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J Clin Oncol. 2007 Apr 20;25(12):1588-95.

Sentinel lymph node molecular ultrastaging in patients with melanoma: a systematic review and meta-analysis of prognosis.

Author information

1
Surgery Branch, Department of Oncological & Surgical Sciences, University of Padova, Italy. mocellins@hotmail.com

Abstract

PURPOSE:

Molecular biology-based ultrastaging of cancer is already part of the standard management of patients with hematologic malignancies, whereas the evidence for solid tumors is much more debated. Polymerase chain reaction (PCR) -based detection of melanoma cells in sentinel lymph nodes (SLN) of patients with melanoma represents an appealing prognostic tool. However, no consensus exists on the clinical implementation of this prognostic indicator for the management of these patients.

METHODS:

Twenty-two studies enrolling 4,019 patients who underwent SLN biopsy for clinical stage I to II cutaneous melanoma were reviewed. Correlation of PCR status with TNM stage, disease recurrence rates, and survival was assessed by means of association statistics and formal meta-analysis, respectively.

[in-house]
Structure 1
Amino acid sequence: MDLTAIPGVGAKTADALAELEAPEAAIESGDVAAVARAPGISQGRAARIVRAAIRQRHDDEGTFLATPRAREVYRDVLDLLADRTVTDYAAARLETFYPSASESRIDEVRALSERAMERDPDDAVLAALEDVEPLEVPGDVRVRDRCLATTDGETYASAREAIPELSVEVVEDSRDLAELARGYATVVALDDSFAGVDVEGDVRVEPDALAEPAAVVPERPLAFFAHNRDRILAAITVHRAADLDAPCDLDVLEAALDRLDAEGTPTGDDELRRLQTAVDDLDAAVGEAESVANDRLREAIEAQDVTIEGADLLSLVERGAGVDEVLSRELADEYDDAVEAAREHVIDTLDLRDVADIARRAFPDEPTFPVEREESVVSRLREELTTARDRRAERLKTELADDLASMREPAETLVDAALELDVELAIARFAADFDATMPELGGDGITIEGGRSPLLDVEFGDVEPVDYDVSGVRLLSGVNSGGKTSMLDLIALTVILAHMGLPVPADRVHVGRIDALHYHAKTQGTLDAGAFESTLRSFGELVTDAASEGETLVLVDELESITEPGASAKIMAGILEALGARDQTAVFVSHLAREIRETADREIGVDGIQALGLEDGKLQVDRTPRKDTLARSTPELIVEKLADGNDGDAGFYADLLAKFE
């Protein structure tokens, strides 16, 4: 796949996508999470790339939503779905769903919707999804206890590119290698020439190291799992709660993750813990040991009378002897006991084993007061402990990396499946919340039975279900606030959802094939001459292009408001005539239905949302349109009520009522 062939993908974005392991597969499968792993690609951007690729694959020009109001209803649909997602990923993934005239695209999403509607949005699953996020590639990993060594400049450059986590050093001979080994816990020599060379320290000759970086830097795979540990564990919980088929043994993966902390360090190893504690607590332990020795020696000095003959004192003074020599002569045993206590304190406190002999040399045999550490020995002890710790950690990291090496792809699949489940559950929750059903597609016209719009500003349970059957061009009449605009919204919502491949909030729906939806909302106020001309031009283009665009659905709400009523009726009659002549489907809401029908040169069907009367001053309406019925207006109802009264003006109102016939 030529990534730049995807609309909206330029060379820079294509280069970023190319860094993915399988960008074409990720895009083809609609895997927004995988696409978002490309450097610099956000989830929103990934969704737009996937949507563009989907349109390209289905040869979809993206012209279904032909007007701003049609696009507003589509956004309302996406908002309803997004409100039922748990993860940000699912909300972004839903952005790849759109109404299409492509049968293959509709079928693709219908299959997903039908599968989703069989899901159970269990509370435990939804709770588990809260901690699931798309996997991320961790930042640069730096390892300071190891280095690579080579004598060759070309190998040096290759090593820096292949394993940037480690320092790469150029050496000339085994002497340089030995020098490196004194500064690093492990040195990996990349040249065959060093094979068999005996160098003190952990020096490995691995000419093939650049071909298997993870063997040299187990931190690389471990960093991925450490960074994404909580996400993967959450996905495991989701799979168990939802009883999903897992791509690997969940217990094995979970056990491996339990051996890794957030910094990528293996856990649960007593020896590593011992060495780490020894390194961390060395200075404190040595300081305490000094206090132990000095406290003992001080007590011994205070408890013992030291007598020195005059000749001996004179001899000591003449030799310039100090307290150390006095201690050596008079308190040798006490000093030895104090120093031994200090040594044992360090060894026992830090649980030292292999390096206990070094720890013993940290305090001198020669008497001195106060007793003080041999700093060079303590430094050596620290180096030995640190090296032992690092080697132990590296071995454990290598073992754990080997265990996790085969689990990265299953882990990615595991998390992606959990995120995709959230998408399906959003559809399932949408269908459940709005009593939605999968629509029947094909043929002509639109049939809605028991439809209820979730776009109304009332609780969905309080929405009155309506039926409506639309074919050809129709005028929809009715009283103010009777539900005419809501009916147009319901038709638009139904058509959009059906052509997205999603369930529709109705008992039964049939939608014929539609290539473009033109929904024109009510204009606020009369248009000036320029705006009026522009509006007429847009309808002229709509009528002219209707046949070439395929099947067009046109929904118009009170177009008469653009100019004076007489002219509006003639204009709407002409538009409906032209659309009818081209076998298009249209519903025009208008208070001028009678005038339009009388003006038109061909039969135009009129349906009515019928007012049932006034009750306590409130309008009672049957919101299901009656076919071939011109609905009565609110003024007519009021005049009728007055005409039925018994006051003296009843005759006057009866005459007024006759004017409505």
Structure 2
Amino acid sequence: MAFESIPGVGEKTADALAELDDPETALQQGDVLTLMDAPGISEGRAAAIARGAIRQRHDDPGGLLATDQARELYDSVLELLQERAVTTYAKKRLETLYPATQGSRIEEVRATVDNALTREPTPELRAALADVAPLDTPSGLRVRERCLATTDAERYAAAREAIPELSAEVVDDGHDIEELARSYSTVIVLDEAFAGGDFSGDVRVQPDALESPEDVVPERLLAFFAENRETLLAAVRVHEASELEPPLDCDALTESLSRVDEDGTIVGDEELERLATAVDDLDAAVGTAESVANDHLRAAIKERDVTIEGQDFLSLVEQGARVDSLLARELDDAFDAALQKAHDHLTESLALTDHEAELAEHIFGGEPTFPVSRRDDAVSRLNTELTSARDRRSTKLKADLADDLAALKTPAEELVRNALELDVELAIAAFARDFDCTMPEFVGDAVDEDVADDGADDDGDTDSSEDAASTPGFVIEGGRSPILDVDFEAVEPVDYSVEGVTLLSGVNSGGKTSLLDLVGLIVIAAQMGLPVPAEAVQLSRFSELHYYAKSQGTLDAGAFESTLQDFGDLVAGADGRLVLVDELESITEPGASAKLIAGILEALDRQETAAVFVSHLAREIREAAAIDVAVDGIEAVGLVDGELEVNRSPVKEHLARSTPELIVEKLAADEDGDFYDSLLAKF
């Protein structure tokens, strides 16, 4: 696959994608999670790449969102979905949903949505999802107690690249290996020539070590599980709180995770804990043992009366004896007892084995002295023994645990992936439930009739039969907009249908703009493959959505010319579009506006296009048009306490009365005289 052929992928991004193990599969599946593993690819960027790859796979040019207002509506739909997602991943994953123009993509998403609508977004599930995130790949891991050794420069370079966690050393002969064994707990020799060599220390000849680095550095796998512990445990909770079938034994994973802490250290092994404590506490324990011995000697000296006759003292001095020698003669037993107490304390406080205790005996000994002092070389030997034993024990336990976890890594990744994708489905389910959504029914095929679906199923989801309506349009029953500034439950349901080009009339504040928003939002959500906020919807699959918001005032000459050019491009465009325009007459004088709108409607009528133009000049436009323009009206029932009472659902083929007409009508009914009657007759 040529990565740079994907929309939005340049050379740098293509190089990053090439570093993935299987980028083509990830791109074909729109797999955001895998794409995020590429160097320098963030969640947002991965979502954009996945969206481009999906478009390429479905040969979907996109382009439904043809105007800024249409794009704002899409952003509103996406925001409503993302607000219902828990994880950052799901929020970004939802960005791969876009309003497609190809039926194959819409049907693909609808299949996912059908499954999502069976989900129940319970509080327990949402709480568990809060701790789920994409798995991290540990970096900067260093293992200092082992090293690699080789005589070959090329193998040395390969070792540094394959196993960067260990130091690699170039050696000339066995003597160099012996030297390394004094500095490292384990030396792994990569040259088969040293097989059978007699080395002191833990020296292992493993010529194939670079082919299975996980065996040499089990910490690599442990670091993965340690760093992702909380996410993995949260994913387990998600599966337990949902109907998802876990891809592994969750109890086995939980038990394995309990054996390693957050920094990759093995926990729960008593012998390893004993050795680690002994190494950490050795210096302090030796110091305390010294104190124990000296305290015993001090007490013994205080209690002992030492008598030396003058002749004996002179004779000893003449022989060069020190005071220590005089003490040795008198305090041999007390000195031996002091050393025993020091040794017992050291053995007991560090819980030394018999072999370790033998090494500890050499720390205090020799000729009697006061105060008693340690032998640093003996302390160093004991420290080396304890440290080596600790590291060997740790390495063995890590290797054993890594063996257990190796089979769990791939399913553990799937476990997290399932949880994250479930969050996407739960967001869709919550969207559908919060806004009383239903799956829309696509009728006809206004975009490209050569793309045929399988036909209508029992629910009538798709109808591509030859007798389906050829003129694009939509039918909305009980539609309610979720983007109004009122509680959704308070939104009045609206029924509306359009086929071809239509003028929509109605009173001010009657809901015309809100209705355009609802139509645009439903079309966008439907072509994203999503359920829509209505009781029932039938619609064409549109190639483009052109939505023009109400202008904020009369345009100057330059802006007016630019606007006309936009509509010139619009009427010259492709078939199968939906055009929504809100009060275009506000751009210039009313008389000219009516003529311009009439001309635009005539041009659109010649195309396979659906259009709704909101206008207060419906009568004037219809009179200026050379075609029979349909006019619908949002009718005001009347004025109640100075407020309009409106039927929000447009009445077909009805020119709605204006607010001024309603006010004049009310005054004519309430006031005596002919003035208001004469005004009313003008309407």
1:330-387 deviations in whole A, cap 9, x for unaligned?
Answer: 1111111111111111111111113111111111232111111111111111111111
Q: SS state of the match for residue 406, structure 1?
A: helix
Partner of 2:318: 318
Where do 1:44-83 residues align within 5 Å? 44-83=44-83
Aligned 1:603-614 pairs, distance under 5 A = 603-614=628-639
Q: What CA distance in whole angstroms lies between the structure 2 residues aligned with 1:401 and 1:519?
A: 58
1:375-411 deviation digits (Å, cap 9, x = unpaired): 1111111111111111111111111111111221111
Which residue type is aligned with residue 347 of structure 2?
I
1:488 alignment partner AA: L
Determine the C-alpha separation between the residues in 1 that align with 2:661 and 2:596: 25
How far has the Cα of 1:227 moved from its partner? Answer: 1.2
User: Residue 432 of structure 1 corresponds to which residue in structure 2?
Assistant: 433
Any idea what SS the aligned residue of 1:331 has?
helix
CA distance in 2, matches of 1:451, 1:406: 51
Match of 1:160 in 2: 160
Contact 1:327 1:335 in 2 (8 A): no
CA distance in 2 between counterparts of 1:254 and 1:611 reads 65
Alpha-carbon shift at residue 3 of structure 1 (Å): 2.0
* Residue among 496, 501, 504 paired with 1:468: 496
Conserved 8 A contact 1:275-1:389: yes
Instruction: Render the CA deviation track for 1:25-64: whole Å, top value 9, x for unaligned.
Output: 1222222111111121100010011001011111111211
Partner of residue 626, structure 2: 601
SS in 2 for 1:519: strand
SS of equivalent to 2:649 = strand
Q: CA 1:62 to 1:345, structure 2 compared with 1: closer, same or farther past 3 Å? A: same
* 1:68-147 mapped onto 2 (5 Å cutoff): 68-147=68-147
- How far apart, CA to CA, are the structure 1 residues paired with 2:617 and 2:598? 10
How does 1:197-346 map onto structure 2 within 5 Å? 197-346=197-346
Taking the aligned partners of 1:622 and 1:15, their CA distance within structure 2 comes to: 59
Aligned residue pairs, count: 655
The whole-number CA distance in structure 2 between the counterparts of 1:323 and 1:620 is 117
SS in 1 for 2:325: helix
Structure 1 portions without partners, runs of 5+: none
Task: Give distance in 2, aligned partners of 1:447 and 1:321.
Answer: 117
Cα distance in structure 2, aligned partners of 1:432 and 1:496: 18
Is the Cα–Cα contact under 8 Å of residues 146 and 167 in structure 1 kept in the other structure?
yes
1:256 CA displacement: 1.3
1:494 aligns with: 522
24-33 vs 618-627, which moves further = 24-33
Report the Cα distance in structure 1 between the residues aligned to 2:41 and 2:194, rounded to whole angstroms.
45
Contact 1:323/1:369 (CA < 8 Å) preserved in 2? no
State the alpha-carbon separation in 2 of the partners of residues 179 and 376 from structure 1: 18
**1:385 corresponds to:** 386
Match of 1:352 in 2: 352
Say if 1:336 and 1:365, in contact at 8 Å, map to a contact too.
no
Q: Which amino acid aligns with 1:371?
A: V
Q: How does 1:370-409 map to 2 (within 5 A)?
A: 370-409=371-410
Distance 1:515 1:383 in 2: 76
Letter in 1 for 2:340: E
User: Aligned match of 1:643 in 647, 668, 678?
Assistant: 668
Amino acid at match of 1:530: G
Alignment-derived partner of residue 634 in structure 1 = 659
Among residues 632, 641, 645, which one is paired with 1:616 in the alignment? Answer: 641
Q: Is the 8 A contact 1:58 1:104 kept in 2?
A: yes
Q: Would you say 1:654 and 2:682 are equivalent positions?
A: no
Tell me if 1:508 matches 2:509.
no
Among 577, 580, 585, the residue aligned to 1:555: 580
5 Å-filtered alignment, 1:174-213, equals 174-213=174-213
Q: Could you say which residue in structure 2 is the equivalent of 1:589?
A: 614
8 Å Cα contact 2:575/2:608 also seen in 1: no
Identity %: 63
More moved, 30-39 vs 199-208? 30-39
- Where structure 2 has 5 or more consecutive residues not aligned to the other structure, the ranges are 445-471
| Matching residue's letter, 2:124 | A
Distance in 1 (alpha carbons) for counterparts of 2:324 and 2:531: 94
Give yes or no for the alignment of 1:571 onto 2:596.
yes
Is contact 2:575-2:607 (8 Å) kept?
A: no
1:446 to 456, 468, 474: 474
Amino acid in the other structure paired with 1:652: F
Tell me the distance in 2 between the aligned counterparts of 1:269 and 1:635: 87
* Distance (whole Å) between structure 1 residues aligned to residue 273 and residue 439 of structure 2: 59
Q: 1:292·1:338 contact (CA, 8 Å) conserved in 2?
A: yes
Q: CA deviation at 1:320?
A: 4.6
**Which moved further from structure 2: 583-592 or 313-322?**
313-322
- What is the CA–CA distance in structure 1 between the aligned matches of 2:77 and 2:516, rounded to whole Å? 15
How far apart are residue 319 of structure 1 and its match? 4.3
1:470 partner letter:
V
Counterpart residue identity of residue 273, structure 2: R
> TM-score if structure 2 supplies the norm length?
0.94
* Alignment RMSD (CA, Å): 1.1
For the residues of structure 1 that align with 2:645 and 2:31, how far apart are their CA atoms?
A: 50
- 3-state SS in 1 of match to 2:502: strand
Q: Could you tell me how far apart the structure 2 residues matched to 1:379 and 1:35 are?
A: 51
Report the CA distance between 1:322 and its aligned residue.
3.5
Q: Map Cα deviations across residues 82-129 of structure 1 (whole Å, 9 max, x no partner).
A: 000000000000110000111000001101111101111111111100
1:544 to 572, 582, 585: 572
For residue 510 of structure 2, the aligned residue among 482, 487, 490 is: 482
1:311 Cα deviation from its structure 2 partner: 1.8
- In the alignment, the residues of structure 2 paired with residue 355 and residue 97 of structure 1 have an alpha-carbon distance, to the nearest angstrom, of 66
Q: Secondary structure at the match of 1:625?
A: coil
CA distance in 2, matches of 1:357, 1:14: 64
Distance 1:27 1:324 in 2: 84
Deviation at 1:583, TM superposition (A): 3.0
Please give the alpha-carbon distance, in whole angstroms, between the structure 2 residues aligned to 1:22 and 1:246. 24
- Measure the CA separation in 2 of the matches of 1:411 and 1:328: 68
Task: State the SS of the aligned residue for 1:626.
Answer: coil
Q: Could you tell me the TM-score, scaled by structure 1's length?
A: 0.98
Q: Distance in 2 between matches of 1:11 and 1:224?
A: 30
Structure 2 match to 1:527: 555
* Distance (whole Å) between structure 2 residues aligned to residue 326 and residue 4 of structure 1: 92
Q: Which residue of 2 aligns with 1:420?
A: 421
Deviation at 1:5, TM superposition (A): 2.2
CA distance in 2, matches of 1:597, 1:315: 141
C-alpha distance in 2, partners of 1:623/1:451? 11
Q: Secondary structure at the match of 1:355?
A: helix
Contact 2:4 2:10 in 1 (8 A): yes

RESULTS:

PCR status correlated with both TNM stage (stage I to II v III; PCR positivity, 95.1% v 46.6%; P < .0001) and disease recurrence (PCR positive v negative; relapse rate, 16.8% v 8.7%; P < .0001). PCR positivity was also associated with worse overall (hazard ratio [HR], 5.08; 95% CI, 1.83 to 14.08; P = .002) and disease-free (HR, 3.41; 95% CI, 1.86 to 6.24; P < .0001) survival. Statistical heterogeneity was significant, underscoring the variability among overall effect estimates across studies; metaregression and subgroup analysis did not identify clear-cut sources of heterogeneity, although some study design variables were suggested as potential causes.

CONCLUSION:

PCR status of SLN appears to have a clinically valuable prognostic power in patients with melanoma. Although the heterogeneity of the studies so far published warrants caution to avoid overestimating the favorable results of pooled data, our findings strongly support additional investigation in this field.

PMID:
17443001
DOI:
10.1200/JCO.2006.09.4573
[Indexed for MEDLINE]
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